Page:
Nobel Laureate Bruce Beutler named inaugural La Jolla Institute Scholar

LA JOLLA, CA—La Jolla Institute for Immunology (LJI) is pleased to announce that Nobel Laureate Bruce Beutler, M.D., has joined the Institute as a non-resident scholar. The newly established scholars program invites world-renowned scientists to spend time at the institute each year to exchange ideas, foster innovation and spark new discoveries through active collaborations. Nominated by the president, LJI Scholars serve for renewable two-year terms.

“We are thrilled to name someone with Bruce Beutler’s stature and unparalleled track record of innovation and discovery to the rank of LJI Scholar,” said Mitchell Kronenberg, Ph.D., president and chief scientific officer. “Adding the perspective and insight of one of the nation’s leading immunologists will undoubtedly enrich the institute’s intellectual environment and accelerate breakthroughs.”

Dr. Beutler currently holds the position Regental Professor and Director of the Center for Genetics of Host Defense at the University of Texas Southwestern Medical Center. He was awarded the Nobel Prize in Physiology or Medicine in 2011 for his groundbreaking work that provided novel insights into the activation and regulation of the innate immune system.

A pioneer in the study of innate immunity, Dr. Beutler isolated several key immune messenger molecules early in his career (TNFα, MIP1α, MIP1β, and others). He went on to discover the elusive sensing mechanism by which host cells recognize microbial invaders, including bacteria, protozoa, fungi, and viruses. Moreover, in work spanning nearly four decades, he identified proteins central to many other biological processes, notably neurobehavioral function, metabolism, and development. His discoveries have led to therapies for crippling and life-shortening diseases that affect millions of people.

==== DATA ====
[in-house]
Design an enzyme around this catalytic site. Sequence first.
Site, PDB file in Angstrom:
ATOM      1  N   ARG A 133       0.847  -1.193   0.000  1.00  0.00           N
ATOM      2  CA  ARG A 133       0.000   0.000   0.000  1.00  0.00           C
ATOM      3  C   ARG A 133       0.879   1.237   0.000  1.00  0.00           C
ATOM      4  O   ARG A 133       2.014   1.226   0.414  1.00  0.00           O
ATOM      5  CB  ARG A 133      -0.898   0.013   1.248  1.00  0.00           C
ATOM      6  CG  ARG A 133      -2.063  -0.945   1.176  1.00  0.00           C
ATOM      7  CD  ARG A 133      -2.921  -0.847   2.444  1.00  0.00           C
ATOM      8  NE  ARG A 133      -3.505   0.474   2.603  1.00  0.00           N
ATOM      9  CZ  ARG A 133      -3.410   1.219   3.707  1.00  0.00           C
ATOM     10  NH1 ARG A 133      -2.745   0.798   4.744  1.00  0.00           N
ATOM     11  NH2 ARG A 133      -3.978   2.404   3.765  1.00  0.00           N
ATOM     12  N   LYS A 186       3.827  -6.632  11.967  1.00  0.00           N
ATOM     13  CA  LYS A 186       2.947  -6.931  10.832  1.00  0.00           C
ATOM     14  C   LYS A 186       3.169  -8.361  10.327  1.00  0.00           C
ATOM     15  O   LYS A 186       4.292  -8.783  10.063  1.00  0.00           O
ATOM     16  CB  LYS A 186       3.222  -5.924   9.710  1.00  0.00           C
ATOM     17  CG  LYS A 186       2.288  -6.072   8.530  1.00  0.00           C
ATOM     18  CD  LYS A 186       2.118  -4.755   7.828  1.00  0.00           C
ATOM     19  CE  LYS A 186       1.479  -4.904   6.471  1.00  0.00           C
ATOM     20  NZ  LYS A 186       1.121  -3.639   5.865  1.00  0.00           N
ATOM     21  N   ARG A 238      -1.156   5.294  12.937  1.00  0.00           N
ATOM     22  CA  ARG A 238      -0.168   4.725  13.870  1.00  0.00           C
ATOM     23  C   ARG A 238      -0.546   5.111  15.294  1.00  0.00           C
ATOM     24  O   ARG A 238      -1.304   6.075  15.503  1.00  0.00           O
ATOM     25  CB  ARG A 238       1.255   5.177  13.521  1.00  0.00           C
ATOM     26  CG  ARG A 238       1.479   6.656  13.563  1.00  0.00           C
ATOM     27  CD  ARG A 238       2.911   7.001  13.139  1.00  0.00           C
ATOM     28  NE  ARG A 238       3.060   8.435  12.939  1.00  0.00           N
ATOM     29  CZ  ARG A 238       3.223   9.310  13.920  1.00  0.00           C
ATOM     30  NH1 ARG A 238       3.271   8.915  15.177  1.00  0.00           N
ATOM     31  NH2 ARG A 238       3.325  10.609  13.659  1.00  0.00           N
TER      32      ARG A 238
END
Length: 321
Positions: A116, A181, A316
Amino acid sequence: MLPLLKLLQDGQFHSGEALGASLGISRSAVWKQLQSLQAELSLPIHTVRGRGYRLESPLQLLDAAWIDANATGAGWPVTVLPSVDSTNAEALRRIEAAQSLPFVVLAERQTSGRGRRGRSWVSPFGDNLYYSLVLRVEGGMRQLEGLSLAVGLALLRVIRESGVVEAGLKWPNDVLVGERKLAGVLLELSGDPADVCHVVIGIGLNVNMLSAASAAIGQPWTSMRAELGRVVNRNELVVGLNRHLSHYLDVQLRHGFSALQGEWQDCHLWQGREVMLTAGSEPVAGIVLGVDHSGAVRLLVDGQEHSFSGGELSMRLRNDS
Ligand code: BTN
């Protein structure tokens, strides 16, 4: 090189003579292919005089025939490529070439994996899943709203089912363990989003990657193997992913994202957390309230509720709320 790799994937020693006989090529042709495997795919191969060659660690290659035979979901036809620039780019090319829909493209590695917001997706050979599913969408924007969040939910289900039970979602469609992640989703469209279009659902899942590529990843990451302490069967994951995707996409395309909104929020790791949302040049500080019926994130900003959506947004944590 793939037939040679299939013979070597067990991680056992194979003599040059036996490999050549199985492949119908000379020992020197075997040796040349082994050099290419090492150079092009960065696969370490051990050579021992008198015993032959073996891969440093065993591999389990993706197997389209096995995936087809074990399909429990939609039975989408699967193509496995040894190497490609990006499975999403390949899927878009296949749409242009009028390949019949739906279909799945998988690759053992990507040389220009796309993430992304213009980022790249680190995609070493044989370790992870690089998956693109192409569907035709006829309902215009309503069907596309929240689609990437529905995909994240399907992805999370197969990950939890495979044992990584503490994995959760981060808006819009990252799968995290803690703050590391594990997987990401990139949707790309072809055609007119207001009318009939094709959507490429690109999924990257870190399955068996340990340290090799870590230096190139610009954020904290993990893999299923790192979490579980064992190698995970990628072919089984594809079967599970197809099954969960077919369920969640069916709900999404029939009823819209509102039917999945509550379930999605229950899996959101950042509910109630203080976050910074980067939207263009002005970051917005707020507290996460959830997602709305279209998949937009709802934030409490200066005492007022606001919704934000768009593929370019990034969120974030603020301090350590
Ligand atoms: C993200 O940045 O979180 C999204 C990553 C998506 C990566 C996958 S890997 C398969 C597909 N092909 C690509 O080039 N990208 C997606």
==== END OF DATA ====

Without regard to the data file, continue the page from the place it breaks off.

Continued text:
Dr. Beutler received his undergraduate degree from the University of California at San Diego in 1976, and his M.D. degree from the University of Chicago in 1981. After two years of residency at the University of Texas Southwestern Medical Center, he became a postdoctoral fellow and then an Assistant Professor at the Rockefeller University (1983-1986). There, Dr. Beutler was the first to isolate mouse tumor necrosis factor (TNF). In 1986, Dr. Beutler returned to UT Southwestern as a Howard Hughes Medical Institute investigator where he invented and patented a recombinant inhibitor of TNF, now marketed as Enbrel (Etanercept). To this day it remains widely used in the treatment of rheumatoid arthritis and other inflammatory diseases. He transferred to the Scripps Research Institute in La Jolla, California, in 2000, where he served as a professor in the department of immunology and, beginning in 2007, as chairman of the department of genetics. In 2011 he announced his return to the Southwestern Medical Center to lead the Center for the Genetics of Host Defense (CGHD). Despite leaving San Diego, Dr. Beutler maintains close ties and has collaborated with a number of faculty members at LJI.

He holds the Raymond and Ellen Willie Distinguished Chair in Cancer Research in honor of Laverne and Raymond Willie, Sr. Before he received the Nobel Prize, his work was recognized by the Shaw Prize (2011), the Albany Medical Center Prize in Medicine and Biomedical Research (2009), election to the National Academy of Sciences and Institute of Medicine (2008), the Frederik B. Bang Award (2008), the Balzan Prize (2007), the Gran Prix Charles-Leopold-Mayer (2006), the William B. Coley Award (2005), the Robert-Koch-Prize (2004), and other honors. He is a member of multiple foreign academies of science, including EMBO, Leopoldina, and the Academy of Athens.

About La Jolla Institute for Immunology
The La Jolla Institute for Immunology is dedicated to understanding the intricacies and power of the immune system so that we may apply that knowledge to promote human health and prevent a wide range of diseases. Since its founding in 1988 as an independent, nonprofit research organization, the Institute has made numerous advances leading toward its goal: life without disease.